Each August and September, the countryside around York turns neon yellow during canola flowering season. This week I visited the town of York, just 90 kilometres from Perth.
The sun was shining as we left suburbia and headed east from Perth. The drive is very scenic and took us through the Darling Ranges forest, which has plenty of yellow Wattle in bloom, and then through hills and green paddocks of cattle and sheep.
As we neared the town of York, rolling paddocks of endless gold surrounded us. We found a safe place to stop and take photos from the fence. The canola fields are important crops for farmers. It’s illegal to enter a farmer’s field without their permission.
The fields are working farmland, and private property. The crops can be contaminated and trampled by visitors. The only place to legally take photos in a canola field is at PetTeet Park 1625 Qualen West Rd, Gilgering). ‘Canola for Tourism’ fields are open to the public to walk through and take photos. Entry fees apply.
Canola is an important crop in Western Australia with an estimated worth of around $812 million to the state economy. Almost all WA canola is exported, predominantly into Asia for human use and to Europe for biofuel production. The grain is exported from the outer harbour in Kwinana.
York is the oldest inland European settlement in Western Australia. It is situated on the Avon River on Ballardong Noongar land. The first Europeans arrived in 1831. York boomed during the gold rush as the last rail stop before the walk to the goldfields.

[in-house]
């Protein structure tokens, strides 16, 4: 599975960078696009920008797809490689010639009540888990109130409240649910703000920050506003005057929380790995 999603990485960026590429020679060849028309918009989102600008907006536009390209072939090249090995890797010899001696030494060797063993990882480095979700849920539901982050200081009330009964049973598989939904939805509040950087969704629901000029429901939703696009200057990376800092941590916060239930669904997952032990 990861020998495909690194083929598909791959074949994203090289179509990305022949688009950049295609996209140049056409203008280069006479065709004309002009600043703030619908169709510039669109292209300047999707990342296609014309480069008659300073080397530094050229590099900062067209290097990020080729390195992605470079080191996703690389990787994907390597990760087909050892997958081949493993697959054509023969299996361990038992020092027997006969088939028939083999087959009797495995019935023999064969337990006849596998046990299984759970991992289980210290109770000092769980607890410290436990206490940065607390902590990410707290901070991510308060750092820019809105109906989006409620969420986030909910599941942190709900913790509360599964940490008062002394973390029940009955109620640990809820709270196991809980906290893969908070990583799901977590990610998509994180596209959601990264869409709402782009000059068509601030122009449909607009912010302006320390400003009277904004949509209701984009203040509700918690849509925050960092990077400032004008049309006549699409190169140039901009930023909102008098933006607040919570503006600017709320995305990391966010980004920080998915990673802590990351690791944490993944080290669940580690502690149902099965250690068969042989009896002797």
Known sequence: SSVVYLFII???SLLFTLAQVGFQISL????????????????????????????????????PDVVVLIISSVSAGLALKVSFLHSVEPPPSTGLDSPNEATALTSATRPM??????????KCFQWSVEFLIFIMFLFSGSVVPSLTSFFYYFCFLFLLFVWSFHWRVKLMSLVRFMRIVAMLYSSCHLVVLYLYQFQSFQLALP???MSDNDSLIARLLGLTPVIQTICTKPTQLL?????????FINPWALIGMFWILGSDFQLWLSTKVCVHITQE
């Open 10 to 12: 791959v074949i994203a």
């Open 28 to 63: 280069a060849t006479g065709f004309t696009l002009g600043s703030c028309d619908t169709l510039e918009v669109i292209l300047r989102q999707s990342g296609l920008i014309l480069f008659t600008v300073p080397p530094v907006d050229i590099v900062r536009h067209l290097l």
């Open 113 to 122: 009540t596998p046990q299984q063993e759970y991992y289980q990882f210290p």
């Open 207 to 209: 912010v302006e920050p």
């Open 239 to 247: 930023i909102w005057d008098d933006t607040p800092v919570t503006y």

Today, York is a quaint town with heritage buildings and colourful shops. The York Visitor Centre is located in the York Town Hall. Built in 1911, the York Town Hall is one of WA’s finest examples of Edwardian opulence with elaborate columns, facades, pressed tin ceilings and original clock face.
We visited the York Motor Museum, which has one of the finest private collections of Veteran, Vintage, Classic and Racing Cars in Australia. It presents the evolution of motor transport with a fantastic collection of cars motorbikes and bicycles that have cruised our roads and highways for over 100 years.
We walked across the wooden suspension footbridge, spanning the Avon River between Lowe and Pool Street. It links the commercial centre of York with the Holy Trinity Church. York’s original swinging bridge opened in 1888. It’s been revamped over the years with steel cables and timber decking. The river was running very high after recent rains and will be prefect for the Avon Descent Race this weekend.
Mount Brown (Wongborel) is just a five-minute drive outside town. At 342m above sea level, there are 360-degree panoramic views of York and the fields of gold.
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You’ll find heritage, history and nature just an hour and a half away at York with different events on each month. During September, there’s the – York Country Show, York Motor Show, Medieval Fayre, York Festival and Canola for Tourism.
If you’d like to learn more, look here!
* This article was written by Jean Hudson. The photographs were also taken by her.